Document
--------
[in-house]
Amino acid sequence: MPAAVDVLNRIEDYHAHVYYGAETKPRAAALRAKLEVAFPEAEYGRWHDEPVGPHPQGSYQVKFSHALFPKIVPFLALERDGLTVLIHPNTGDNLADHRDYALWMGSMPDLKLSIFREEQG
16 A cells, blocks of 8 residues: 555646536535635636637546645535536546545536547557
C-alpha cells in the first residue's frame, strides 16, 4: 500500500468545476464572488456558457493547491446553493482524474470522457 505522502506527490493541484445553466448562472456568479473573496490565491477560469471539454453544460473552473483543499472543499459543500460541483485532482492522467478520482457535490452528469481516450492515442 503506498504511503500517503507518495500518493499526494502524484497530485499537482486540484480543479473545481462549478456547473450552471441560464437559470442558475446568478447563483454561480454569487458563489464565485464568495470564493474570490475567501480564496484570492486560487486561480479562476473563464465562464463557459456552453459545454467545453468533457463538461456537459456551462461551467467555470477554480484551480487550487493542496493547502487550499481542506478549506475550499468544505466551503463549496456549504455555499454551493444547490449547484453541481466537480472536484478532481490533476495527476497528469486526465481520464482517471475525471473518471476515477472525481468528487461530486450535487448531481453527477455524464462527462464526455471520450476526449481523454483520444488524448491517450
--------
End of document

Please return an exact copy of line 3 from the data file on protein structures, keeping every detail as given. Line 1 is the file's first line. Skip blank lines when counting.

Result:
16 A cells, blocks of 8 residues: 555646536535635636637546645535536546545536547557